Defensive medicine is widely practiced and may lead to increased costs, lower quality of care and less access to services, a study of Pennsylvania physicians indicated. Researchers surveyed 824 Pennsylvania physicians in the specialties most frequently involved in litigation: emergency medicine, general surgery, neurosurgery, obstetrics and gynecology, orthopedic surgery and radiology. Ninety-three percent of the doctors reported sometimes or often engaging in defensive medicine, according to a report on the survey in the Journal of the American Medical Association. Practices meant to protect against oversight, such as performing extra diagnostic tests or referring patients for consult, were about twice as common as avoidance practices, such as refusing to perform certain procedures or treat certain patients. More than 59% of respondents said they often ordered more tests than medically indicated (70% among emergency physicians.) Some 32% of respondents said they had limited their practice or avoided procedures as a defensive step. Physicians said they ordered extra tests not only out of legal concerns but also to pacify demanding patients, feel more confident in their decisions and create a paper trail indicating they had tested patients for particular conditions. Read the abstract. -- by Andis Robeznieks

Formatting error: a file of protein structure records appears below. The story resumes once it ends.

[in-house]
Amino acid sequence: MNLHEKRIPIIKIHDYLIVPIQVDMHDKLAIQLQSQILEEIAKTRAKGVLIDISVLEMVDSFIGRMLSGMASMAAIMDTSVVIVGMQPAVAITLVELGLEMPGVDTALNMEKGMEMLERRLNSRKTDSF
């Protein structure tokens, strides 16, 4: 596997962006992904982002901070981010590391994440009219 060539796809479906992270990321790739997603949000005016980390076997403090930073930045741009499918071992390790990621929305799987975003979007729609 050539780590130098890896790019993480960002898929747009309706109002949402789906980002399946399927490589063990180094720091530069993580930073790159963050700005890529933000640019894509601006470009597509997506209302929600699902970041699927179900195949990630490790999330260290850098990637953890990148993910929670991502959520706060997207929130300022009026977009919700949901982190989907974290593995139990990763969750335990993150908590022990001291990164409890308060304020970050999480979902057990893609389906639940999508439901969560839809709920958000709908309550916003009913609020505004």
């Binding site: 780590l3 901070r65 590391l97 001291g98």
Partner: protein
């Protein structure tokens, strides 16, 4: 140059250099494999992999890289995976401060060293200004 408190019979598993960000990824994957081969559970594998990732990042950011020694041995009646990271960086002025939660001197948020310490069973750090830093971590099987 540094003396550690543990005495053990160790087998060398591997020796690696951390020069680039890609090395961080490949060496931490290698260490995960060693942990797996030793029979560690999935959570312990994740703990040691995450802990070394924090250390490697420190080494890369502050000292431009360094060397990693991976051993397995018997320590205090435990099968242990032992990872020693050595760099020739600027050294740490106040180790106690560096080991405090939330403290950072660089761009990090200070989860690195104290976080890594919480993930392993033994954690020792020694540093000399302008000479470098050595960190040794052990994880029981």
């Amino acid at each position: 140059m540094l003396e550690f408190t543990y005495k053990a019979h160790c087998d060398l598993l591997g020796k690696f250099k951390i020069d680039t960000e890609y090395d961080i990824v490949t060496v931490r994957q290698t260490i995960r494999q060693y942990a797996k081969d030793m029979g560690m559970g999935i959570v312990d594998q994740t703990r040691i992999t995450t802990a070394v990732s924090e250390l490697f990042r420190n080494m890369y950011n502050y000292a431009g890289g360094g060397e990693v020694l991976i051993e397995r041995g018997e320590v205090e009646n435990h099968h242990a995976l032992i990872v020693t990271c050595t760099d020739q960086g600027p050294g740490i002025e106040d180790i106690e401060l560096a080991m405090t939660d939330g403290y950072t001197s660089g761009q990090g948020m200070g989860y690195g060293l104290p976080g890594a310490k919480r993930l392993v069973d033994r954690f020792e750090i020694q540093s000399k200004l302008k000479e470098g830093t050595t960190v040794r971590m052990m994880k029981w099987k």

Defensive medicine nearly universal in high-risk fields
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